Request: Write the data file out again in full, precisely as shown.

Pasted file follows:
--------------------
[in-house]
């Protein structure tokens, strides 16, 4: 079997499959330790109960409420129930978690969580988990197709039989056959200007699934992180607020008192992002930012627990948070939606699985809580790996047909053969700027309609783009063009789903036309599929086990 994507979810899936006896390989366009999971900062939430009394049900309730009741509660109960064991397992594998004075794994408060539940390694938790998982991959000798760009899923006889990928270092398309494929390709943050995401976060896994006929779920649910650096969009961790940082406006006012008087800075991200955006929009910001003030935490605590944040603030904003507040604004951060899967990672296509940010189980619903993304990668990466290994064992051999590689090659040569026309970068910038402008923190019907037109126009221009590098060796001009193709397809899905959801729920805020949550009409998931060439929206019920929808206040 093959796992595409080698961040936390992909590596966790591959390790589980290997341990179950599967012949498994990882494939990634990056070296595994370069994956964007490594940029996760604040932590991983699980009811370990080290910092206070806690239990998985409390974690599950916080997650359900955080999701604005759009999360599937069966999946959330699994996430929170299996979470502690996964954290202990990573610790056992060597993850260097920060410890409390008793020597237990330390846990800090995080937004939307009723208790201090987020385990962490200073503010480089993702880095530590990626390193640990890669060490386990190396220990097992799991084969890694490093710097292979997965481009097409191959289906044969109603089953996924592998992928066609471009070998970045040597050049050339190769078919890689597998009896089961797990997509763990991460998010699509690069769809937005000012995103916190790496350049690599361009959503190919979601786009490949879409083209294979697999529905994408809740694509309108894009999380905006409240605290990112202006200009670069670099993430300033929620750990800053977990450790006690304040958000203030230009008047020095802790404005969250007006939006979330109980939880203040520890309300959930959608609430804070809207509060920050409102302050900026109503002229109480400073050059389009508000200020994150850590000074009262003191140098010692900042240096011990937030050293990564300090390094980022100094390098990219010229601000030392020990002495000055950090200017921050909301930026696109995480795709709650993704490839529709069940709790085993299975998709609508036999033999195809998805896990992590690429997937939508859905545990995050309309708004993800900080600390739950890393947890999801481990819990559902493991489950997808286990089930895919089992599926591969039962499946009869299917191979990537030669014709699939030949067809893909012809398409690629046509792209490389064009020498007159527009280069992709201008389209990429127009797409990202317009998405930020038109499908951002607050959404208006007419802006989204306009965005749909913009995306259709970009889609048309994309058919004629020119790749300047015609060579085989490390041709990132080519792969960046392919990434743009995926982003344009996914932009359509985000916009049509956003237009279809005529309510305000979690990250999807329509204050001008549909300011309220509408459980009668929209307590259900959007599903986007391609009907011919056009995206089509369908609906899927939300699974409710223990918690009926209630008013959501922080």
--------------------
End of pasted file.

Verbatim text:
[in-house]
């Protein structure tokens, strides 16, 4: 079997499959330790109960409420129930978690969580988990197709039989056959200007699934992180607020008192992002930012627990948070939606699985809580790996047909053969700027309609783009063009789903036309599929086990 994507979810899936006896390989366009999971900062939430009394049900309730009741509660109960064991397992594998004075794994408060539940390694938790998982991959000798760009899923006889990928270092398309494929390709943050995401976060896994006929779920649910650096969009961790940082406006006012008087800075991200955006929009910001003030935490605590944040603030904003507040604004951060899967990672296509940010189980619903993304990668990466290994064992051999590689090659040569026309970068910038402008923190019907037109126009221009590098060796001009193709397809899905959801729920805020949550009409998931060439929206019920929808206040 093959796992595409080698961040936390992909590596966790591959390790589980290997341990179950599967012949498994990882494939990634990056070296595994370069994956964007490594940029996760604040932590991983699980009811370990080290910092206070806690239990998985409390974690599950916080997650359900955080999701604005759009999360599937069966999946959330699994996430929170299996979470502690996964954290202990990573610790056992060597993850260097920060410890409390008793020597237990330390846990800090995080937004939307009723208790201090987020385990962490200073503010480089993702880095530590990626390193640990890669060490386990190396220990097992799991084969890694490093710097292979997965481009097409191959289906044969109603089953996924592998992928066609471009070998970045040597050049050339190769078919890689597998009896089961797990997509763990991460998010699509690069769809937005000012995103916190790496350049690599361009959503190919979601786009490949879409083209294979697999529905994408809740694509309108894009999380905006409240605290990112202006200009670069670099993430300033929620750990800053977990450790006690304040958000203030230009008047020095802790404005969250007006939006979330109980939880203040520890309300959930959608609430804070809207509060920050409102302050900026109503002229109480400073050059389009508000200020994150850590000074009262003191140098010692900042240096011990937030050293990564300090390094980022100094390098990219010229601000030392020990002495000055950090200017921050909301930026696109995480795709709650993704490839529709069940709790085993299975998709609508036999033999195809998805896990992590690429997937939508859905545990995050309309708004993800900080600390739950890393947890999801481990819990559902493991489950997808286990089930895919089992599926591969039962499946009869299917191979990537030669014709699939030949067809893909012809398409690629046509792209490389064009020498007159527009280069992709201008389209990429127009797409990202317009998405930020038109499908951002607050959404208006007419802006989204306009965005749909913009995306259709970009889609048309994309058919004629020119790749300047015609060579085989490390041709990132080519792969960046392919990434743009995926982003344009996914932009359509985000916009049509956003237009279809005529309510305000979690990250999807329509204050001008549909300011309220509408459980009668929209307590259900959007599903986007391609009907011919056009995206089509369908609906899927939300699974409710223990918690009926209630008013959501922080």